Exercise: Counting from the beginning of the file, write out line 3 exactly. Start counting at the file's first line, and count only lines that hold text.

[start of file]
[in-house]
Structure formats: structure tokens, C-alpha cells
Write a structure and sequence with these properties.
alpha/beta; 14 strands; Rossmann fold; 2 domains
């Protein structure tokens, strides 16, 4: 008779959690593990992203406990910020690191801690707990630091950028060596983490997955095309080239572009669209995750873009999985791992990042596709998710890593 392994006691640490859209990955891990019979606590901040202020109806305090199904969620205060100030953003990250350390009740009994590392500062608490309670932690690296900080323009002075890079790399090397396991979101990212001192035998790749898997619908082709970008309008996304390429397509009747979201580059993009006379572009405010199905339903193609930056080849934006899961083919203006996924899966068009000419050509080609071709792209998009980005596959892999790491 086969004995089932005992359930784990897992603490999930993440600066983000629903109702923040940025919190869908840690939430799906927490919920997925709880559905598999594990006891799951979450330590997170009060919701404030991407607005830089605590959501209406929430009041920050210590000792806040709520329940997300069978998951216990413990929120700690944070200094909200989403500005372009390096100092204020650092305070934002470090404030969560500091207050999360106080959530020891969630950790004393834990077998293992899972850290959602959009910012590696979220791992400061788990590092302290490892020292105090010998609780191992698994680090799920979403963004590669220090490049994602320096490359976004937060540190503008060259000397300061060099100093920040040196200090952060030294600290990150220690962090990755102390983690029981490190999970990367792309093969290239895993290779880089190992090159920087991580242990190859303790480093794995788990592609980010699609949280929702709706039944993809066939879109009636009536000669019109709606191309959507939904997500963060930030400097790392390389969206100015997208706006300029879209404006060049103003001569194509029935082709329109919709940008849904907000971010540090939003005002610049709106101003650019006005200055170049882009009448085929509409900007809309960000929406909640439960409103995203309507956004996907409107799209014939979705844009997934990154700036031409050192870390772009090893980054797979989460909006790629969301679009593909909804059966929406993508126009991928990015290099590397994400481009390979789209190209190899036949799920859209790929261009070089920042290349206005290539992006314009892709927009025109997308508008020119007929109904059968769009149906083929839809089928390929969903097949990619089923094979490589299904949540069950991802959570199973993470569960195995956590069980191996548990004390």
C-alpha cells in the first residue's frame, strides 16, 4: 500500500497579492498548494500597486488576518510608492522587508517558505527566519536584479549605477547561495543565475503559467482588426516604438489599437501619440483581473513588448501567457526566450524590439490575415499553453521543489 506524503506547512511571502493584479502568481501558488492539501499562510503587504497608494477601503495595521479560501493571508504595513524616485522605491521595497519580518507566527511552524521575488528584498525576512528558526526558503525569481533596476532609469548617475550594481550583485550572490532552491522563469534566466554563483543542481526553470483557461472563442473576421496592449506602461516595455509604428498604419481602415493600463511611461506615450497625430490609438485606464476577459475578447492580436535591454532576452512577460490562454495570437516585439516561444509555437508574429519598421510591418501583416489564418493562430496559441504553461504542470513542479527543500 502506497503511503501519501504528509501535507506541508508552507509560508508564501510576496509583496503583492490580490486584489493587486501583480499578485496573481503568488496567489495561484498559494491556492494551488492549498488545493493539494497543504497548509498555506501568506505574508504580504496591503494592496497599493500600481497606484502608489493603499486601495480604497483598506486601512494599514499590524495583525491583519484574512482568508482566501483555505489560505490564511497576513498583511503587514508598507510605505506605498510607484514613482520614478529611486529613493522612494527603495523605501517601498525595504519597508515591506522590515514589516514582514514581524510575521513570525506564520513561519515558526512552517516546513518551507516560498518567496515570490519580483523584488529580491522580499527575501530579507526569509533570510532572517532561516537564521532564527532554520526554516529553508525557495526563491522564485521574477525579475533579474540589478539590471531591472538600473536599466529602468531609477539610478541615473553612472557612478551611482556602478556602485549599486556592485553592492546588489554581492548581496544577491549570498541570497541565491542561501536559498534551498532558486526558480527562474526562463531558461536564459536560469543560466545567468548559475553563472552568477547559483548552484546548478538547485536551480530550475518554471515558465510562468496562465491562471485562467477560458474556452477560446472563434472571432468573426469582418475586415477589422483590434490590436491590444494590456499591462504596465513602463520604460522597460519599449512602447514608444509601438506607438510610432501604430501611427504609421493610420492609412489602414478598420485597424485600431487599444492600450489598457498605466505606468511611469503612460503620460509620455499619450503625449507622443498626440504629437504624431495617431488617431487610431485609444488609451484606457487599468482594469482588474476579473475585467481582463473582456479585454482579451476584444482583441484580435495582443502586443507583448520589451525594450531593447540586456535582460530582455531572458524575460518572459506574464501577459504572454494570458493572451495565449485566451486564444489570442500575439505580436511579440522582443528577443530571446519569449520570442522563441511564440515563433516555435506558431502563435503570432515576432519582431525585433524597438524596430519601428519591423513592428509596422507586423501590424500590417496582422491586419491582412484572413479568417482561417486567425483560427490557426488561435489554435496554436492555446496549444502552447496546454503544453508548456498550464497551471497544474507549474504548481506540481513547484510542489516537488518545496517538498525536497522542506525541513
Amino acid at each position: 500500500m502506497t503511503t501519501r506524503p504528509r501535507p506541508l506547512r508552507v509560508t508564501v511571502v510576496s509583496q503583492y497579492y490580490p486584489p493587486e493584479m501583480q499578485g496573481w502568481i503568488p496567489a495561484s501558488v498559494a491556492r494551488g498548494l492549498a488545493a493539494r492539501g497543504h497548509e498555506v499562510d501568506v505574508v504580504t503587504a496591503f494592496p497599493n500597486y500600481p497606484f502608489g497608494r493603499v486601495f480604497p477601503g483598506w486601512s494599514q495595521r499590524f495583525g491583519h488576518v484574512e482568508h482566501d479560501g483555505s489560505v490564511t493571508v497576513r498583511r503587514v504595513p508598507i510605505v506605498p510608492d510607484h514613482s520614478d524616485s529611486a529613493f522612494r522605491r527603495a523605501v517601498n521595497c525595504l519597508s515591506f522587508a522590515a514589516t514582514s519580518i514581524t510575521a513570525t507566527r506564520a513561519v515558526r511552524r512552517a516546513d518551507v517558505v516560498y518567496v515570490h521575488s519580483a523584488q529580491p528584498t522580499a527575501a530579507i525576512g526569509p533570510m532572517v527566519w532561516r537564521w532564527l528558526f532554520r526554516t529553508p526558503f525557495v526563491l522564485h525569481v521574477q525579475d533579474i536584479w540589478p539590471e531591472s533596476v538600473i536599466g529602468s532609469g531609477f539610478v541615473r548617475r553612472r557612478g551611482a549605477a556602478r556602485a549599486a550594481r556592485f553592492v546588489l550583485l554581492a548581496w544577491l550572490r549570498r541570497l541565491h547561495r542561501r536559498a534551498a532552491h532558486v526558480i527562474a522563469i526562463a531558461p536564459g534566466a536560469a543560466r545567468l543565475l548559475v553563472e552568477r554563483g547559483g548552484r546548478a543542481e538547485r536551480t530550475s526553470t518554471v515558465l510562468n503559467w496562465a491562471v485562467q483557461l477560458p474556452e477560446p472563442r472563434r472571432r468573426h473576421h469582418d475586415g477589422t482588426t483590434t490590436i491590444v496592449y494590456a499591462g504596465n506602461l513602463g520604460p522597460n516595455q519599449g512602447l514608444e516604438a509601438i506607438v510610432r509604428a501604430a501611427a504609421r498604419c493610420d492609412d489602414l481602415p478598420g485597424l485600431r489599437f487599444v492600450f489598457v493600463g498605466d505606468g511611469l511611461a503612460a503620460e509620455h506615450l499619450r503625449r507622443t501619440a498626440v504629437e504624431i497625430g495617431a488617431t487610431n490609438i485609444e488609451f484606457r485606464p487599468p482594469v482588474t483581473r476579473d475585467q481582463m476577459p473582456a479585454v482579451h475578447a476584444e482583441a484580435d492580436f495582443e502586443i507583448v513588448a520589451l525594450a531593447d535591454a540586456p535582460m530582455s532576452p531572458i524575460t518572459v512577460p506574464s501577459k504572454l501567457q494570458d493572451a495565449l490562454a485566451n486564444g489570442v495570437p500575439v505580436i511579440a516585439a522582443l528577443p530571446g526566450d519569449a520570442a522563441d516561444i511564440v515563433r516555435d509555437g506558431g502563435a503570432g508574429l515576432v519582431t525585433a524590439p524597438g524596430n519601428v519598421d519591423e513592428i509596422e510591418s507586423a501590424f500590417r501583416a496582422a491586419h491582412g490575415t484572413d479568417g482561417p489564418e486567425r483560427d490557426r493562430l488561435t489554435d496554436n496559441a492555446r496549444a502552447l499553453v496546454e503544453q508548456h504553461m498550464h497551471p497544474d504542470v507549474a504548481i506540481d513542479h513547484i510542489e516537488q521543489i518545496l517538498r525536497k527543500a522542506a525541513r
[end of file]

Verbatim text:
Write a structure and sequence with these properties.